Bautista immediately went to the back of his house to see what was happening. He witnessed Manny step out of the vehicle and show the defendant something in the back seat. Bautista could not see what it was, or whether there was anyone else in the SUV (the windows were tinted), but both men appeared "excited." Bautista saw only the defendant and Manny, and did not know whether there was anyone else inside the left-side apartment at the time. At this point Manny noticed Bautista watching, and informed the defendant. Bautista asked the defendant what was happening. The defendant, who was acting "normal," said that his friend had come to pick up old furniture. Bautista asked the men to use the driveway next time, and then left the duplex, leaving the defendant and Manny behind the home with the SUV.11
After spending approximately thirty minutes alone at the apartment, at around 11:40 A.M. , Manny and the defendant began driving back toward Hartford. It is not clear whether the victim was alive at this time. Manny traveled in the victim's SUV, presumably with the victim or the victim's body, while the defendant followed them in his mother's Pontiac Grand Prix automobile. Cellular telephone records show that the defendant and Manny exchanged two calls at 12:06 and 12:10 P.M. , and at this time both men were located in the Bloomfield, Connecticut, area.12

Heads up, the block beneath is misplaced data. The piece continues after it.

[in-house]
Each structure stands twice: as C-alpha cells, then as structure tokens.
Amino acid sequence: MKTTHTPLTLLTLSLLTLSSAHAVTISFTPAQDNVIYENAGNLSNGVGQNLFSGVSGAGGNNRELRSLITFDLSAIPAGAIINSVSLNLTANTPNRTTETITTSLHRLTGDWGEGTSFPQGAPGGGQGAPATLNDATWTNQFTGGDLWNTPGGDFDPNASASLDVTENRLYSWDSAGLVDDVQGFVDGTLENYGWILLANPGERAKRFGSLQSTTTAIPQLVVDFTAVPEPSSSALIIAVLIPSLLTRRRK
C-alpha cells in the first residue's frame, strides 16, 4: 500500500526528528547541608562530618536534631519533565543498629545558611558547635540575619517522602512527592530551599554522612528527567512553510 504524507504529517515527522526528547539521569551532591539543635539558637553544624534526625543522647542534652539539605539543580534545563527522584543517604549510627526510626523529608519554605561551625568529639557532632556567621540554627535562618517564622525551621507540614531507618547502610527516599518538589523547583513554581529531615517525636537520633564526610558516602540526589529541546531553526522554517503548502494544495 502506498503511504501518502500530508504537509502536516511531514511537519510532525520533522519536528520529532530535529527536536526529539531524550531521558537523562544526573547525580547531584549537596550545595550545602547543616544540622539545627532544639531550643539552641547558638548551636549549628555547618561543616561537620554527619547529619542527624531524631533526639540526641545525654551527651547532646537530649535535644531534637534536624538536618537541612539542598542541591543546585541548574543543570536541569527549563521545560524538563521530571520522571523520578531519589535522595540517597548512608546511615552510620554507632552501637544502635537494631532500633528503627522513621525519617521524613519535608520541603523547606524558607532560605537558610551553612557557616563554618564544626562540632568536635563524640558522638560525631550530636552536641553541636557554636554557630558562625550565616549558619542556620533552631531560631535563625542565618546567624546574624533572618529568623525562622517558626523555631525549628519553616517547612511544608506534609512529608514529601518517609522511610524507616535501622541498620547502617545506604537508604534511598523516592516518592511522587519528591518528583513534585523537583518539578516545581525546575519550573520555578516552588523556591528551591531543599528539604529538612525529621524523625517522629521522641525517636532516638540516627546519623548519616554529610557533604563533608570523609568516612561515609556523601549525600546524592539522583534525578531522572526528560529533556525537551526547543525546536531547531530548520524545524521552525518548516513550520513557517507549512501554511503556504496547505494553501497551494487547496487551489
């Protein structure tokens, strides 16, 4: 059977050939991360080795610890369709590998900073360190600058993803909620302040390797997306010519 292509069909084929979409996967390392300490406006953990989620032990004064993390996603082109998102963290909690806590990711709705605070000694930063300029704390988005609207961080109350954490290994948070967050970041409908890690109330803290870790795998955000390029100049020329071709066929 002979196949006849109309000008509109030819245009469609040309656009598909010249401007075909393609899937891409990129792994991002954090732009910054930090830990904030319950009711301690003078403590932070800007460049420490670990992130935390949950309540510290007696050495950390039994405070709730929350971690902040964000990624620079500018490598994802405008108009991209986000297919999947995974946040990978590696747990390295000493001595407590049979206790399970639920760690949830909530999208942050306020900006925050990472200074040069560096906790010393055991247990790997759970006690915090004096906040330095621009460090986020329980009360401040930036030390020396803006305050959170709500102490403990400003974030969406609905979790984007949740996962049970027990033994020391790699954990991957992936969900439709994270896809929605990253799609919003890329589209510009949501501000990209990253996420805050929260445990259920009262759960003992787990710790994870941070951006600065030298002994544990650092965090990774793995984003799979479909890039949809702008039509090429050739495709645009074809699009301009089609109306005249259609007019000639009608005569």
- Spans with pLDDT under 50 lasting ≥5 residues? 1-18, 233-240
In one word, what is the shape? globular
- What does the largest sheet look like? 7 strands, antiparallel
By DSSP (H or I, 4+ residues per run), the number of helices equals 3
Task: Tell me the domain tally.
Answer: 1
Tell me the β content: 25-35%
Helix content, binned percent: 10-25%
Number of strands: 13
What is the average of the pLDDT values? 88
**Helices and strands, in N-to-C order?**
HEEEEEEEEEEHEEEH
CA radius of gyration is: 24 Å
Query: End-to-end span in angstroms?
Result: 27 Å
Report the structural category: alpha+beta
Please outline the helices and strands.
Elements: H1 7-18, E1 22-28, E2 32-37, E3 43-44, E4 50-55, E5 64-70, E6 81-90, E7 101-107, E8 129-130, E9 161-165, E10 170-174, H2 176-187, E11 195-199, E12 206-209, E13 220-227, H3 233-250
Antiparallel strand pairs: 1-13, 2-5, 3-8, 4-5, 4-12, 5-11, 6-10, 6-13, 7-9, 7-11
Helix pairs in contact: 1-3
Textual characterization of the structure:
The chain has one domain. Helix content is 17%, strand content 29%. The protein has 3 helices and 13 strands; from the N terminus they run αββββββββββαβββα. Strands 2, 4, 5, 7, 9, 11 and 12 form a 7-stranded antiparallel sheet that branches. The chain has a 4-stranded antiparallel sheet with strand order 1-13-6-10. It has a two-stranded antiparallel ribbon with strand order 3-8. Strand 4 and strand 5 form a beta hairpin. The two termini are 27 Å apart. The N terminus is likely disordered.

At some point during the period beginning when the victim arrived in Springfield, and through the time that Manny and the defendant were in Bloomfield, the victim was strangled to death with a ligature. Manny and the defendant left the victim's body in the back seat of the SUV, parked in the parking lot of a Bloomfield retail store. Manny then got into the Grand Prix, and the defendant drove him back to work in Hartford, where he arrived approximately between 12:30 and 12:45 P.M. Once back, Manny showed his boss about $4,000 to $5,000 in cash, and said that he had just sold a "kilo," but that the sale had taken longer than expected because he had to show the buyer "how to cook up the cocaine."